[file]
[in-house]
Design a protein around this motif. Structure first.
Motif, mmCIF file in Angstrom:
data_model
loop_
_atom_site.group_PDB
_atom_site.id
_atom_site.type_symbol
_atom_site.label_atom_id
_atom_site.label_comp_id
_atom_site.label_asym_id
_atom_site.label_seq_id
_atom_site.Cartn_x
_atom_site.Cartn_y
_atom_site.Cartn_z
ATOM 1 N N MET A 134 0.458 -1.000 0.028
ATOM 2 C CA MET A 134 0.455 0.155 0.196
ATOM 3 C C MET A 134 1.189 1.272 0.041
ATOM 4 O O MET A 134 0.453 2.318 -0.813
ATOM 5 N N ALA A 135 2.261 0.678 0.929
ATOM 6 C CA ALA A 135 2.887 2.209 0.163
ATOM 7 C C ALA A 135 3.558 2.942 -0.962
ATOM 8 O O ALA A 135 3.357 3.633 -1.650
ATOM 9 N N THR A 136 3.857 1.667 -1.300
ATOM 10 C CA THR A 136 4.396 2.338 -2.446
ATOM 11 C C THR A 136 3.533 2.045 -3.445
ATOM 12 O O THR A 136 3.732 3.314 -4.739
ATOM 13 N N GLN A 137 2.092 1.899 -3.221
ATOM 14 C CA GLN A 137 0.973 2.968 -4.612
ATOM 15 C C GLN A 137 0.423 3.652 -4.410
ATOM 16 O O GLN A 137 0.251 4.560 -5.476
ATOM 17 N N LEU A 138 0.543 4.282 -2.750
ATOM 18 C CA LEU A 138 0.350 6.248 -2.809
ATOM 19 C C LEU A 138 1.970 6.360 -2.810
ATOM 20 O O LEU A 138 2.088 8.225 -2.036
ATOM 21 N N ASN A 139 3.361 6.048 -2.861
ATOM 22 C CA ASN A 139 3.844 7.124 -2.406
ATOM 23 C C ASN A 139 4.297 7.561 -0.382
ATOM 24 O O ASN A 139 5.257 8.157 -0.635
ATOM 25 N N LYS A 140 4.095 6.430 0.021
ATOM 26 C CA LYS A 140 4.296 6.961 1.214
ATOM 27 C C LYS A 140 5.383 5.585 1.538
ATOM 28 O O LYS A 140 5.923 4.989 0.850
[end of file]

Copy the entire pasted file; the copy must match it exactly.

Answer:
[in-house]
Design a protein around this motif. Structure first.
Motif, mmCIF file in Angstrom:
data_model
loop_
_atom_site.group_PDB
_atom_site.id
_atom_site.type_symbol
_atom_site.label_atom_id
_atom_site.label_comp_id
_atom_site.label_asym_id
_atom_site.label_seq_id
_atom_site.Cartn_x
_atom_site.Cartn_y
_atom_site.Cartn_z
ATOM 1 N N MET A 134 0.458 -1.000 0.028
ATOM 2 C CA MET A 134 0.455 0.155 0.196
ATOM 3 C C MET A 134 1.189 1.272 0.041
ATOM 4 O O MET A 134 0.453 2.318 -0.813
ATOM 5 N N ALA A 135 2.261 0.678 0.929
ATOM 6 C CA ALA A 135 2.887 2.209 0.163
ATOM 7 C C ALA A 135 3.558 2.942 -0.962
ATOM 8 O O ALA A 135 3.357 3.633 -1.650
ATOM 9 N N THR A 136 3.857 1.667 -1.300
ATOM 10 C CA THR A 136 4.396 2.338 -2.446
ATOM 11 C C THR A 136 3.533 2.045 -3.445
ATOM 12 O O THR A 136 3.732 3.314 -4.739
ATOM 13 N N GLN A 137 2.092 1.899 -3.221
ATOM 14 C CA GLN A 137 0.973 2.968 -4.612
ATOM 15 C C GLN A 137 0.423 3.652 -4.410
ATOM 16 O O GLN A 137 0.251 4.560 -5.476
ATOM 17 N N LEU A 138 0.543 4.282 -2.750
ATOM 18 C CA LEU A 138 0.350 6.248 -2.809
ATOM 19 C C LEU A 138 1.970 6.360 -2.810
ATOM 20 O O LEU A 138 2.088 8.225 -2.036
ATOM 21 N N ASN A 139 3.361 6.048 -2.861
ATOM 22 C CA ASN A 139 3.844 7.124 -2.406
ATOM 23 C C ASN A 139 4.297 7.561 -0.382
ATOM 24 O O ASN A 139 5.257 8.157 -0.635
ATOM 25 N N LYS A 140 4.095 6.430 0.021
ATOM 26 C CA LYS A 140 4.296 6.961 1.214
ATOM 27 C C LYS A 140 5.383 5.585 1.538
ATOM 28 O O LYS A 140 5.923 4.989 0.850